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Viper Gecko

Viper Gecko (Teratolepis fasciata) Care Sheet

Taxonomy
(Teratolepis fasciata)

  • Kingdom:
  • Animalia
  • Phylum:
  • Chordata
  • Class:
  • Reptilia
  • Order:
  • Squamata
  • Family:
  • Gekkonidae
  • Genus:
  • Teratolepis
  • Species:
  • fasciata

Viper Gecko
(Teratolepis fasciata)

Viper Gecko (Teratolepis fasciata)

Native Region

Viper geckos, also called carrot tail geckos, (not to be confused with the carrot tail Leopard Gecko) are a small, terrestrial species found in Pakistan. Most of these geckos will grow to be 3-4 inches at maturity. In their natural environment, these geckos are often found hiding beneath rocks and in rock crevices. Their general coloration is a dark brown, with gray and white bands running up and down their body. They are also prone to light gray speckling.

Temperature - Humidity

Viper geckos should have a hot spot of 85-95 F during the day. Their nighttime temperatures can fall to 75 F. As with all reptiles, you should always provide a temperature gradient. Always remember with any heating device, light, tape, or commercial heater, USE A THERMOSTAT AND MONITOR WITH A THERMOMETER! DO NOT GUESS! DO NOT USE HEAT ROCKS! With them being from the desert, they do not need any humidity.

Lighting

Viper geckos do not require UV lighting. However, like all reptiles, you do need to create a proper photoperiod. During the summer you should offer your viper gecko a day light cycle of 14 hours on, with 10 hours off to make up the night cycle. As winter approaches, you should change their photoperiod so that they end up with 10 hours of light with 14 hours of darkness. To make the change more natural and gradual, you could begin by changing the day cycle to 13 hours with a night cycle of 11 for 2 weeks. This is best started in the fall months. Then you could offer both the day and night cycle of 12 hours for another week. The next week could then be followed by an 11 hour day cycle, with a 13 hour night cycle and for the remainder of the winter, offer the 10 hours of night and 14 hours of darkness. As spring approaches, simply reverse the gradual changes so that the day cycle increases and the night cycle decreases.

This would help create a more natural approach to the changing of the seasons.

Housing

Viper geckos do no not require large enclosures for housing. (Bigger IS always better and more natural. They are not confined in the wild to a 10 gallon enclosure.) Due to their size, Viper geckos can be adequately housed in a shoe box tote (12 qt) with a screen lid or a 10 gallon tank.

These geckos can be housed in pairs of one female and one male or multiple females to one male. Never keep two males together.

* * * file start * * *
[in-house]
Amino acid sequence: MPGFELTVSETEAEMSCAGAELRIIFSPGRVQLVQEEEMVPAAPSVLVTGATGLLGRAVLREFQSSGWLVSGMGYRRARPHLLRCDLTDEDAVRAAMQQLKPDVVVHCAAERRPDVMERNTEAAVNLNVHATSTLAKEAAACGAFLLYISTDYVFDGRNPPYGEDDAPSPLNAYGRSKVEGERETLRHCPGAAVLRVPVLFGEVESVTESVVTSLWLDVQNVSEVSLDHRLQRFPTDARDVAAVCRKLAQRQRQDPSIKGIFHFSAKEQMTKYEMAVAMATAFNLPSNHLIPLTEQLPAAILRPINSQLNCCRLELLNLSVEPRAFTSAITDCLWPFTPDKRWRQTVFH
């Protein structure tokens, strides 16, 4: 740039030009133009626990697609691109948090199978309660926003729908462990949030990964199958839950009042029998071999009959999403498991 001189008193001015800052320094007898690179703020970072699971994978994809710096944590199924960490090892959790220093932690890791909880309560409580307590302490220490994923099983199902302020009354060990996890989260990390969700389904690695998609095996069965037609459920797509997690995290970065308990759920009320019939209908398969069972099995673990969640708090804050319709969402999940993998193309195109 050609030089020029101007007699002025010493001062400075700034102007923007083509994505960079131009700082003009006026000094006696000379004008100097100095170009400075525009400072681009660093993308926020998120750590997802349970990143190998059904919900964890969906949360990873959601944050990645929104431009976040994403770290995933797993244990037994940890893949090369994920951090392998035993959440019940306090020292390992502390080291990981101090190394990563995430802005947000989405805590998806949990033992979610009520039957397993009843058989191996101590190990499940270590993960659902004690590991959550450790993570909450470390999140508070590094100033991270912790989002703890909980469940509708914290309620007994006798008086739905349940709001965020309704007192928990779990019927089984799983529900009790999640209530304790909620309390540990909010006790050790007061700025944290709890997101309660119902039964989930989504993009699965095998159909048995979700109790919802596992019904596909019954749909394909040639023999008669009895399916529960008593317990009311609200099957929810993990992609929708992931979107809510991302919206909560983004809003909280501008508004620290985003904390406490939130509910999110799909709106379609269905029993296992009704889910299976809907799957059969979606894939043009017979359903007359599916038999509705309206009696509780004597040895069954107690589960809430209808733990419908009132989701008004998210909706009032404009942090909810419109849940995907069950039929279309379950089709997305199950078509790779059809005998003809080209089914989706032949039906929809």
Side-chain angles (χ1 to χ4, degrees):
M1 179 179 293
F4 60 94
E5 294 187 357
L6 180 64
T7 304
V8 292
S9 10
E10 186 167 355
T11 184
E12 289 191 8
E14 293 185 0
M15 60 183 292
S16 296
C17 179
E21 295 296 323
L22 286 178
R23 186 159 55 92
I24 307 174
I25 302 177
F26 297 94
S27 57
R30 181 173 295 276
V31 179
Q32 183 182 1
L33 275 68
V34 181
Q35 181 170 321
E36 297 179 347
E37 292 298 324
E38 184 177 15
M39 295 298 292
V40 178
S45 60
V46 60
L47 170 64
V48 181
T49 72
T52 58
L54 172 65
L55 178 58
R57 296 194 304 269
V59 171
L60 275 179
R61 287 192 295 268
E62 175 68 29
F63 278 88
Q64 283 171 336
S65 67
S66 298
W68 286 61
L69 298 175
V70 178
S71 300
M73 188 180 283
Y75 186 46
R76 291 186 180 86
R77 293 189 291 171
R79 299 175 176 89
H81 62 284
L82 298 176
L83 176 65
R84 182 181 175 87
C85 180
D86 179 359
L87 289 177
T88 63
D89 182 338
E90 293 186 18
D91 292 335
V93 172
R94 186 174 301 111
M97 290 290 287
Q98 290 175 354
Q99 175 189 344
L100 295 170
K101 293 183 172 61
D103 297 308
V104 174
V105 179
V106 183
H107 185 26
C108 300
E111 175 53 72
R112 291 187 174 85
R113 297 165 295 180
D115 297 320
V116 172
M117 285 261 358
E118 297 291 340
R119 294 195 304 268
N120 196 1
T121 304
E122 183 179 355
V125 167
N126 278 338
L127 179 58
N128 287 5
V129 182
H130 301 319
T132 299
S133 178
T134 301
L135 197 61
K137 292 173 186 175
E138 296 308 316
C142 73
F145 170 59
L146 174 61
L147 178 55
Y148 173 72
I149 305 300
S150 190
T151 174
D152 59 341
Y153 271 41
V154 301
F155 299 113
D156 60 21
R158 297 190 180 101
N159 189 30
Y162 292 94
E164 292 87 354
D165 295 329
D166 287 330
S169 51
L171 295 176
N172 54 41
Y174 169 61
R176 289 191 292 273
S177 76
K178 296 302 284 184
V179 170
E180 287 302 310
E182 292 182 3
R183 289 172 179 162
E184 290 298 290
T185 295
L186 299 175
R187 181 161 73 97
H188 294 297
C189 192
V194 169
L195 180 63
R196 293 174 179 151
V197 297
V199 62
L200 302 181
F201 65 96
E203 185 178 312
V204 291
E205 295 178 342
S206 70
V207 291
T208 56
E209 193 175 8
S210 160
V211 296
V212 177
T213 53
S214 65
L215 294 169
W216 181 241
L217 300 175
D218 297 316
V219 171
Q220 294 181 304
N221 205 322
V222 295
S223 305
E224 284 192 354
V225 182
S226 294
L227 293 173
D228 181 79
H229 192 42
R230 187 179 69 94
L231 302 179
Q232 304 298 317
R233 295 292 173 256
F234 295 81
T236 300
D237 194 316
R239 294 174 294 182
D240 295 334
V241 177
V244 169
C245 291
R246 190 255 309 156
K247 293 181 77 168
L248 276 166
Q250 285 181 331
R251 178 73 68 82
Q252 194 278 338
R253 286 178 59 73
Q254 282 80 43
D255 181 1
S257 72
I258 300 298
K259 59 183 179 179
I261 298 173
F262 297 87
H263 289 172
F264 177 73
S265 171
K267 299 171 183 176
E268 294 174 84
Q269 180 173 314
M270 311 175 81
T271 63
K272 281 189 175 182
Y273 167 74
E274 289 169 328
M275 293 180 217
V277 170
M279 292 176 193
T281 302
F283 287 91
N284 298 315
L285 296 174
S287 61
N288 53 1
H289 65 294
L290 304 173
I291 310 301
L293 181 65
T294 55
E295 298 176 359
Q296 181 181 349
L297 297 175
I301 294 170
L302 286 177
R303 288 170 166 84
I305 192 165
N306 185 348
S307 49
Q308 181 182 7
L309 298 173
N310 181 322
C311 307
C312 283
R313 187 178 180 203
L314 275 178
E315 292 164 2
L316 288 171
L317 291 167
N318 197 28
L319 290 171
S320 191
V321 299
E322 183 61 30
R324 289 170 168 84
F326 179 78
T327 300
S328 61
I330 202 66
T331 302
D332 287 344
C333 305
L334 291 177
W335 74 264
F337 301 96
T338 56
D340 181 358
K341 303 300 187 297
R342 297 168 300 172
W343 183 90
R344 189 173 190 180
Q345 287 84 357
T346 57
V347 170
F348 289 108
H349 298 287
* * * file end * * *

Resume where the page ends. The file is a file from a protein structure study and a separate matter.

You should provide ample hiding places for your vipers. The hides should be placed on each end of the enclosure. (If you created a proper heat gradient, this will allow the vipers to choose the end they require for proper thermo-regulation.) Hides can include half clay pots, cork bark, and commercial hides. Plant pot bottoms make great low lying hides.

To give your vipers something to climb and play on, you can use some larger rocks or bust a clay pot, and scatter that around the enclosure. If you use larger rocks, make sure they are secure. You don't want anything capable of falling on your gecko.

If you have a gravid female, you should include a small box of moistened sand as a laying box.

Substrate

You can keep them on paper towel, play sand, or coconut fibers. Sand is more appealing to the eye, but paper towel lowers the chance of impaction.

Diet

Viper geckos are insectivores. Crickets, waxworms, mealworms, small beetles, and fruit flies make up the bulk of their captive diet. Their staple food should be Crickets, and should be dusted every 3-4 days with Calcium & Vitamin supplements for adults and every 1-2 days for hatchlings. (Over supplementing any reptile can lead to illness such as hypercalcemia and vitaminosis.) As with many lizards, the prey size is depicted by the width of the space between their eyes.

An additional small dish of Calcium should be provided at all times. Supplements such as Herptivite and repcal calcium with D3 are adequate.

Sexing

Sexing a Viper gecko is easier than one would think. The males will form large hemipenal bulges at the base of their tail, making them easy to distinguish from the females. You can generally sex them at 3-4 months of age. The older the gecko is, the easier they will be to sex.

Breeding

Viper geckos sexually mature at 10-12 months. Males mature faster than females do, and can be ready to breed at 7 months. The female will lay a pair of eggs, pea sized, in the moist hide you provided. They continue to lay a pair of eggs every 2-4 weeks for 8 months.

Once the eggs are located you should place them in an incubator at 83-86F with 50-60% humidity for 40-55 days.

Baby viper geckos should be kept in shoe box totes, on paper towel, in small groups. Include a small water dish and several hiding spots so they will feel secure. You should moisten one end of the enclosure lightly to provide some humidity. They will eat pin head crickets or fruit flies.

Babies are very fragile at this stage and should be kept in optimal conditions.

Attribution

Author: Nathan Janney